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Lessons Learned from Software Modernization projects

Lessons Learned from Software Modernization projects

Presentation of the AWS "Cloud for Breakfast" event series. https://www.innoq.com/de/news/2017/04/aws-microservices-breakfast-talks/

Alexander Heusingfeld

April 26, 2017
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  1. When theory meets real life
    Jerry Preissler
    Alexander Heusingfeld
    Lessons Learned in Software Modernization projects

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  2. Alexander Heusingfeld
    [email protected]
    Senior Consultant @ innoQ
    @aheusingfeld
    Gerald Preissler
    Senior Consultant @ innoQ
    [email protected]
    @jerrypreissler

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  3. About innoQ
    > Software Architecture Consulting & Software Development
    > Around 120 Consultants/Engineers in Germany and Switzerland
    > Offices in Düsseldorf, Berlin, Frankfurt, Munich and Zürich
    > Customers: 90% of Customers in “Fortune 1000” Segment.
    Finance, Industry, Telecommunications, Public Sector

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  4. Some of our AWS projects...
    (partially anonymized due to NDAs)

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  5. Heraus Kulzer
    > Designed and developed a cloud based platform in AWS for order
    management of dental products of Kulzer, Mitsui Chemicals Group. (03/2015
    - 12/2015)
    > innoQ team (4 engineers) developed complete software and defined cloud
    architecture in AWS
    > innoQ achieved complete automation of infrastructure provisioning (VPC,
    network, servers, services) and deployment with CloudFormation.
    > Start planned for North America, runs in AWS US zones. Currently in
    Validation phase (not yet in production). Other regions can follow with
    minimal efforts thanks to Cloud automation.
    > Technologies used: EC2, Beanstalk, S3, RDS (Postgres), CloudFormation,
    Spring Boot

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  6. Global Availability
    > eCommerce platform to deliver content to consumer devices in global
    markets using AWS technology (2015/2016)
    > innoQ team (5 engineers) defined and implemented Microservices
    architecture, cloud infrastructure and processes for provisioning and
    monitoring.
    > Implementation of an “Edge Layer” (similar to technology of Netflix) to
    enable regional caching of content using AWS services.
    > innoQ’s Cloud Architecture reduced latency to API endpoints and traffic.
    > Technologies: VPC, EC2, ECS, Docker, S3, CloudFormation, Beanstalk,
    AutoScaling, Route53
    > Regions: Europe, North America, Pacific, Australia

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  7. Insurance Portal
    > Reimplementation and modernization of German customer’s portal of a
    large insurance company. Migrated platform from internal data center to
    AWS cloud (04/2015 - 02/2016).
    > innoQ team (7 engineers) was responsible for software and cloud
    architecture, developed web and integration software and designed
    scalable cloud infrastructure.
    > Use of Hardware Security Module (Cloud HSM) for encryption of traffic and
    data to comply with strict German data protection act, especially regarding
    health data.
    > Currently only German market, runs in AWS Frankfurt.
    > Technologies used: VPN/VPC-Peering, EC2, S3, CloudFormation,
    Elasticache, CloudHSM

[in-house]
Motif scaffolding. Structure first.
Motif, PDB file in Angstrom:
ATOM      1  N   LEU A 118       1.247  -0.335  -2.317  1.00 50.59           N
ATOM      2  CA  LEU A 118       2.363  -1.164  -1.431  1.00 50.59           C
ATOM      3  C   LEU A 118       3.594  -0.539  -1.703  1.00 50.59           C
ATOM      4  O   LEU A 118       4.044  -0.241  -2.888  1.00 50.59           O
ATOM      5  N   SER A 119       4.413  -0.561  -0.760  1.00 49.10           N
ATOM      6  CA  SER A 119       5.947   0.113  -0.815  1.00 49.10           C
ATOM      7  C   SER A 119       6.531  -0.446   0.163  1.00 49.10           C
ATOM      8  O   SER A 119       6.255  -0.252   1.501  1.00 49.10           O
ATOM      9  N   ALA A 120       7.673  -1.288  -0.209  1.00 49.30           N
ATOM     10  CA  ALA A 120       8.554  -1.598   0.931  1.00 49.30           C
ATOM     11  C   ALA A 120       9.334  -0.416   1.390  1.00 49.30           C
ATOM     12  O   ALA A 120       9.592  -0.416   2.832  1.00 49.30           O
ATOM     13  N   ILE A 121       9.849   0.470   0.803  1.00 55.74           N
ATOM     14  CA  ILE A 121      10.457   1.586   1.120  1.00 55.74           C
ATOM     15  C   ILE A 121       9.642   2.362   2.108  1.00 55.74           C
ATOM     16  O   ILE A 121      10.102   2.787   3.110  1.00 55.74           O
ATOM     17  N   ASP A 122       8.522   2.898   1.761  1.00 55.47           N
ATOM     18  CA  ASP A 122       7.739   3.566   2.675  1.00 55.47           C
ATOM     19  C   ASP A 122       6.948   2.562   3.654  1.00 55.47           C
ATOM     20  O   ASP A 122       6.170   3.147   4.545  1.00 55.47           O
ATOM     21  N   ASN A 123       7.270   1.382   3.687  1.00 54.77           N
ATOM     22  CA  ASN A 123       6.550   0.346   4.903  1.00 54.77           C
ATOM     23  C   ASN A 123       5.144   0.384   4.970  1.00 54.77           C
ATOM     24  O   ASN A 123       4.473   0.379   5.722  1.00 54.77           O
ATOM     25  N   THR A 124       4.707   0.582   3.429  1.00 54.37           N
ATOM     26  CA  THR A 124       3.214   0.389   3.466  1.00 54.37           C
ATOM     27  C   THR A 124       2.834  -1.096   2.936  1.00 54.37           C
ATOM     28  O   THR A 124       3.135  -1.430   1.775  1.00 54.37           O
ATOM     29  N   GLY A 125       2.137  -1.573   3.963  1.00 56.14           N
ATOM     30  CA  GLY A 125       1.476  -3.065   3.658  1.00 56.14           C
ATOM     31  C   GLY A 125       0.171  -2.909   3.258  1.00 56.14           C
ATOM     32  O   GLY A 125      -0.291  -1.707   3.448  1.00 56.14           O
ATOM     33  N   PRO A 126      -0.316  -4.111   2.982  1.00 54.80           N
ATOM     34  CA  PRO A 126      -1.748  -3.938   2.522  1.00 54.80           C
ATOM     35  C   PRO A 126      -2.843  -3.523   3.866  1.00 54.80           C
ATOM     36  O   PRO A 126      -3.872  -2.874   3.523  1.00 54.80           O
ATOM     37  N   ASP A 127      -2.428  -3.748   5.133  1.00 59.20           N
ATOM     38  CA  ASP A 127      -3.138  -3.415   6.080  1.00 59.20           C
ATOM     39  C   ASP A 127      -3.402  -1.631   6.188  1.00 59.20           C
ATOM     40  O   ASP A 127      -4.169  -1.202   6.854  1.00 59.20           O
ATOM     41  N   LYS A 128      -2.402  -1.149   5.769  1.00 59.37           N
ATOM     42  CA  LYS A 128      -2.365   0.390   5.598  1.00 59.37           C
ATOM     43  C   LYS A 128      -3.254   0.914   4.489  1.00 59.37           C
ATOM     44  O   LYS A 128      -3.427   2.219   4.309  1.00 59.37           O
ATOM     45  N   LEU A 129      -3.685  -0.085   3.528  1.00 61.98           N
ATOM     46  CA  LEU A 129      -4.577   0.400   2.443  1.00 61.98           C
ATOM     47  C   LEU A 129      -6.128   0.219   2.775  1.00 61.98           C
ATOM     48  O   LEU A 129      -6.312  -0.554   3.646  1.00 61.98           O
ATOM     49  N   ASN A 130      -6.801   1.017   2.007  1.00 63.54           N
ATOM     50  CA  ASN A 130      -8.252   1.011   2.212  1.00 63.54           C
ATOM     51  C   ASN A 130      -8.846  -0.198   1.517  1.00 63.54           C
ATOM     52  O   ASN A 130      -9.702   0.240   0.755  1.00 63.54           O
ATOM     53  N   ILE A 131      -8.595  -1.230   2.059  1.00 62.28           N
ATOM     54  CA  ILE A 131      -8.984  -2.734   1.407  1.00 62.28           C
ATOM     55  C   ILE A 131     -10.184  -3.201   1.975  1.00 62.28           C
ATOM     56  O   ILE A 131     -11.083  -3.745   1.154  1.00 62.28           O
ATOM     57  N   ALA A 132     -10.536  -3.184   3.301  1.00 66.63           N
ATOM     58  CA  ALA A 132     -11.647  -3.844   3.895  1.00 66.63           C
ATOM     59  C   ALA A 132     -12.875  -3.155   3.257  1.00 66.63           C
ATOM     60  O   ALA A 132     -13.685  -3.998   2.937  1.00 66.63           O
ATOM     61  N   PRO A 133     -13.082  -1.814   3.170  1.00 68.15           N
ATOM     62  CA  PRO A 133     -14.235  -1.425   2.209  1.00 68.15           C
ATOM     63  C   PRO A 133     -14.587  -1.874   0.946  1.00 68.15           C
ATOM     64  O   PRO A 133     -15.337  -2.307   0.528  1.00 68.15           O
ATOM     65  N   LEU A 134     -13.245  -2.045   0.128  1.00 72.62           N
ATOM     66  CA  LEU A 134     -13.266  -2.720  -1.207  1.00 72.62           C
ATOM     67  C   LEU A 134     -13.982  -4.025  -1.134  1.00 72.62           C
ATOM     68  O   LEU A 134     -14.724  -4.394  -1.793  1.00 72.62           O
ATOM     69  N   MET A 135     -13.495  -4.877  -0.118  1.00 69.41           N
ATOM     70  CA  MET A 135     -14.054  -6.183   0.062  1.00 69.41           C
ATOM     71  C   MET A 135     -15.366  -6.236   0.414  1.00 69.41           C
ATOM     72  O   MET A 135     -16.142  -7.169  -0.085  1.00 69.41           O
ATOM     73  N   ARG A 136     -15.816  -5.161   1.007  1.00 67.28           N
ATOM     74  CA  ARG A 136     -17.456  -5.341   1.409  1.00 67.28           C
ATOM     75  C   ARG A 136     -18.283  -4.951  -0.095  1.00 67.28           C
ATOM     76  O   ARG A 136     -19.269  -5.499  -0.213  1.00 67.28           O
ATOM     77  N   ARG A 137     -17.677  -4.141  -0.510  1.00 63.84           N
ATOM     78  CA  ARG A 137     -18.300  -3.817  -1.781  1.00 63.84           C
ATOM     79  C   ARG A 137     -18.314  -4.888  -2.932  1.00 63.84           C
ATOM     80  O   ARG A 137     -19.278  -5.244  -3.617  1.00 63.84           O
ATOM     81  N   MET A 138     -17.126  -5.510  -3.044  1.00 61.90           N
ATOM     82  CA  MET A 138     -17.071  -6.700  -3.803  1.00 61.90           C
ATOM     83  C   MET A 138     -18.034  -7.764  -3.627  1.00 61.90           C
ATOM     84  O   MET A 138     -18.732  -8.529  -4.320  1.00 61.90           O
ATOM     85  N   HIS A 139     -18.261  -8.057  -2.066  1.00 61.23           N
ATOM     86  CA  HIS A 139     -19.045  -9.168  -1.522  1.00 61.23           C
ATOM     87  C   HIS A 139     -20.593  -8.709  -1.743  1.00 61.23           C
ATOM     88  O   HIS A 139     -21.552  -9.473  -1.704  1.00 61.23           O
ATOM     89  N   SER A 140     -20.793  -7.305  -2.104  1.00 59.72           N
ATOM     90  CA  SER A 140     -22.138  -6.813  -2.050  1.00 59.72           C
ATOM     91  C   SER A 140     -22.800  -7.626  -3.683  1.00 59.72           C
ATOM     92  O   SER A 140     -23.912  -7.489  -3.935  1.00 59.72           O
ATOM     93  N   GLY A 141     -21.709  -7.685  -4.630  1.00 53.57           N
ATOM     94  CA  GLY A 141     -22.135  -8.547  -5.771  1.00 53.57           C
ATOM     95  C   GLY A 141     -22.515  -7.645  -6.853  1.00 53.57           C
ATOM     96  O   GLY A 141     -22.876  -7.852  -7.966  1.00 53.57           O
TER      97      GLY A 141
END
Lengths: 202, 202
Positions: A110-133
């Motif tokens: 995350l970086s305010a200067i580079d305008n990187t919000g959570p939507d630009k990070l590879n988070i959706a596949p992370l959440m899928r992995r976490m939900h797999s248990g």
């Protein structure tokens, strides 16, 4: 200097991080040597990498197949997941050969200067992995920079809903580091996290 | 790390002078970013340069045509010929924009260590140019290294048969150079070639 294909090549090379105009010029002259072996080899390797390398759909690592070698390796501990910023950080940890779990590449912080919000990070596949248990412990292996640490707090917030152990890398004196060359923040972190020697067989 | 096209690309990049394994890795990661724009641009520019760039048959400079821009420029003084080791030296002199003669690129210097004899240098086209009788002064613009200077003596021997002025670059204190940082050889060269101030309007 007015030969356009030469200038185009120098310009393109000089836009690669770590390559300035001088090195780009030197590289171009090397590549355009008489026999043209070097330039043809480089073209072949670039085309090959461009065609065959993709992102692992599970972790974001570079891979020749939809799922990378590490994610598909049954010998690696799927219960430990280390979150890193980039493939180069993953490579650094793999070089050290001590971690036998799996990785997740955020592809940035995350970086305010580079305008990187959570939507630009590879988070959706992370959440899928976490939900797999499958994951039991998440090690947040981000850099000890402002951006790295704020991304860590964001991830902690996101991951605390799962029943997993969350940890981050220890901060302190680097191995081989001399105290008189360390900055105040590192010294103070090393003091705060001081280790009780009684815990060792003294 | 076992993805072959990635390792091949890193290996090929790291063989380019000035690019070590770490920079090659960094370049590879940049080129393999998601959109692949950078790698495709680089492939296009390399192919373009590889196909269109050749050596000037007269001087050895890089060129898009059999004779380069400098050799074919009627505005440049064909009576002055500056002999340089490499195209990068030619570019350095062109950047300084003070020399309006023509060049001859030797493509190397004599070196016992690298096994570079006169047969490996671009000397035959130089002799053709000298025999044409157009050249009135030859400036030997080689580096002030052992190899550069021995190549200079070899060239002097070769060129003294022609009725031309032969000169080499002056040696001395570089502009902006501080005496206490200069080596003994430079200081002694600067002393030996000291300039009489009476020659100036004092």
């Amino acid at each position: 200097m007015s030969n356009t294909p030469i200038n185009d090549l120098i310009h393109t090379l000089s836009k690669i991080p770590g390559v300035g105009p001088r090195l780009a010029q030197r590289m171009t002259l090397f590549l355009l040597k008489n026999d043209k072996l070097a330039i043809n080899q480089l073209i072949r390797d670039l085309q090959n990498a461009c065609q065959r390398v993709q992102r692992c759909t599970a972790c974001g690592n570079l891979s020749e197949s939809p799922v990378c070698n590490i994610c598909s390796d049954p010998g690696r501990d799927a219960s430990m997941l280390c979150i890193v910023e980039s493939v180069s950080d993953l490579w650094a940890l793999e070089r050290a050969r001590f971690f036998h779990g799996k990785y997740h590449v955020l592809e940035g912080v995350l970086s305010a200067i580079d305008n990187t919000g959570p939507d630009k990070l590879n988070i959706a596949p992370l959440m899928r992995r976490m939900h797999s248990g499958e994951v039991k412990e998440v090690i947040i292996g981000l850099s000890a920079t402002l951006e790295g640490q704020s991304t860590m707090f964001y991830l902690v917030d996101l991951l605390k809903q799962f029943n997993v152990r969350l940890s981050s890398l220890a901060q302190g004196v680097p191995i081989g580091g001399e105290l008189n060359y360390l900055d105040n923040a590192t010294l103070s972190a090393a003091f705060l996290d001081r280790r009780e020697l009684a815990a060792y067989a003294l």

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  8. Architecture Consulting...

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  9. “We want to have a microservice architecture!”

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  10. “We want to have a microservice architecture!”
    — Every Customer, since 2015

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  11. When reviewing
    monolithic applications …
    © innoQ/Roman Stranghöner

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  12. …and taking a look
    into the black box…
    © innoQ/Roman Stranghöner

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  13. …you’ll likely find it consists of
    multiple business domains.
    © innoQ/Roman Stranghöner

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  14. Architectural Decisions

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  15. Architectural Decisions
    > Domain Architecture

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  16. Architectural Decisions
    > Macro Architecture
    > Domain Architecture

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  17. Architectural Decisions
    > Macro Architecture
    > Micro Architecture
    > Domain Architecture

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  18. Self-Contained System
    (SCS)

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  19. If you cut a monolithic
    system along its very
    domains …

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  20. … and wrap every domain in
    a separate, replaceable
    web application …

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  21. … then that application can be
    referred to as a self-
    contained system (SCS).

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  22. On its outside, an SCS is a
    decentralized unit that is
    communicating with other
    systems via RESTful HTTP or
    lightweight messaging.

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  23. Therefore self-contained
    systems can be
    individually developed for
    different platforms.

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  24. An SCS contains its own 

    user interface, specific 

    business logic and 

    separate data storage

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  25. Besides a web interface a self-
    contained system can provide
    an optional API.

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  26. The business logic part only